Author granted license

Creative Commons Attribution-NonCommercial-ShareAlike 4.0 International

Document Type


Publication Date



Harvard Law School




Shareholders exert significant influence on the social and environmental behavior of U.S. corporations through their votes on social responsibility resolutions. However, the outcomes of many social responsibility resolutions are distorted, because the largest shareholders – institutional investors, such as mutual funds and pension funds – often do not follow the interests or the preferences of their own investors. This paper presents evidence that institutions with similar investors and identical fiduciary duties vote very differently on social responsibility resolutions, suggesting that some institutional votes distort the interests of their investors. Other evidence presented suggests that institutional votes on social responsibility resolutions vary significantly from the preferences of their own investors. Whether such distortion of preferences is a problem is an open question. If such distortion is considered to be a problem, it could be addressed by institutions changing their voting policies on social responsibility resolutions to better approximate the preferences of their investors. The stakes are high: eliminating distortion could significantly influence the behavior of corporations on social and environmental matters in a way that investors, and society, would prefer.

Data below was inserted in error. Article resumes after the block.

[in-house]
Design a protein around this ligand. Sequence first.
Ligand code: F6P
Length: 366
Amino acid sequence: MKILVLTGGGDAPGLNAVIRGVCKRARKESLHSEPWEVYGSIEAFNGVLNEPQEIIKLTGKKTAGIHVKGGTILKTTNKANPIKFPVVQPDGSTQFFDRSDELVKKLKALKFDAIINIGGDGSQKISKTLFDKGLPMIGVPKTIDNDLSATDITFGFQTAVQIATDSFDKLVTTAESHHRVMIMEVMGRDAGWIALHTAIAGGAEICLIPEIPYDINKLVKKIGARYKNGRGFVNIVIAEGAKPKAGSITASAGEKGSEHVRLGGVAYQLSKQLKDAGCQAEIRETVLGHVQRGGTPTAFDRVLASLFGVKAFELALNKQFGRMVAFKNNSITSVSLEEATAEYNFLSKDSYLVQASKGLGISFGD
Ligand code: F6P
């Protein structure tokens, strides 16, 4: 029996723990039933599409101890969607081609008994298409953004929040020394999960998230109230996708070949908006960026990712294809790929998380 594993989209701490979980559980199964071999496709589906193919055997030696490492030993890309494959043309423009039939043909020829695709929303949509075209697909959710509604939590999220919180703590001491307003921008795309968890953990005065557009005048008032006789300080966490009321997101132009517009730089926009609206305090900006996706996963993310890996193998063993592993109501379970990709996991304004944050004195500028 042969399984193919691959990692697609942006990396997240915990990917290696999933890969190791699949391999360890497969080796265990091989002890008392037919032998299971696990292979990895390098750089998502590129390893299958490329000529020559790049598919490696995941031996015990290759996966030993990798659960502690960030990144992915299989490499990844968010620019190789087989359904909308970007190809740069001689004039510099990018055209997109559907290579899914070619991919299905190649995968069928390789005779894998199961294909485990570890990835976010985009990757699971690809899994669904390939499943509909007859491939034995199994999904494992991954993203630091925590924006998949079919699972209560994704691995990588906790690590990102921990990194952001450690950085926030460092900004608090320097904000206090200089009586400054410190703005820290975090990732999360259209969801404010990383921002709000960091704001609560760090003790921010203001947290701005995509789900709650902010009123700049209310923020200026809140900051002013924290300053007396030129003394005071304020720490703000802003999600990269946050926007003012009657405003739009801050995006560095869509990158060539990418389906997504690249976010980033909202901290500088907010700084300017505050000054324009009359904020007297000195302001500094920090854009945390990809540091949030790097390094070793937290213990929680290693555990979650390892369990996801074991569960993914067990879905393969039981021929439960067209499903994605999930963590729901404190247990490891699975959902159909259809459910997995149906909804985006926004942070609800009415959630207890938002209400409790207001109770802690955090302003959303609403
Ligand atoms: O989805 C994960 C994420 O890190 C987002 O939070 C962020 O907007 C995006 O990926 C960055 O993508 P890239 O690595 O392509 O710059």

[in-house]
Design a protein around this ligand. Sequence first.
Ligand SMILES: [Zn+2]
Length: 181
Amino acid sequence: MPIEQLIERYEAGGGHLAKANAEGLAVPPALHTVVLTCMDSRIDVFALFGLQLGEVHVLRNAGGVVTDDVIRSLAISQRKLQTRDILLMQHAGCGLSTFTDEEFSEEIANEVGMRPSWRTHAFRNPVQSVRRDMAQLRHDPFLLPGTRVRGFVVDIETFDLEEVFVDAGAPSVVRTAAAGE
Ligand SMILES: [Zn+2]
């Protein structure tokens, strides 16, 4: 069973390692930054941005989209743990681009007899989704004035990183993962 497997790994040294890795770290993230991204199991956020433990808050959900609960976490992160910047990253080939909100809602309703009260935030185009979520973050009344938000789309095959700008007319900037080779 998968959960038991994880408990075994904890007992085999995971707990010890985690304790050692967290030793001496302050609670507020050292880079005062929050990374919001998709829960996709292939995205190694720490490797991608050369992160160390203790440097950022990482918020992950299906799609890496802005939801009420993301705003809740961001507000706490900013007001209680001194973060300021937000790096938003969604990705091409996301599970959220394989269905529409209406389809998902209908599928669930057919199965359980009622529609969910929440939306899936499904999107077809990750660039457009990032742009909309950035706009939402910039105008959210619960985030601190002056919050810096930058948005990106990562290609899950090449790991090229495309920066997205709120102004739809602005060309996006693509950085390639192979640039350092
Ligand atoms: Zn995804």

Published as: "Social Responsibility Resolutions," 43 Journal of Corporation Law 217 (2018).

Find on SSRN



To view the content in your browser, please download Adobe Reader or, alternately,
you may Download the file to your hard drive.

NOTE: The latest versions of Adobe Reader do not support viewing PDF files within Firefox on Mac OS and if you are using a modern (Intel) Mac, there is no official plugin for viewing PDF files within the browser window.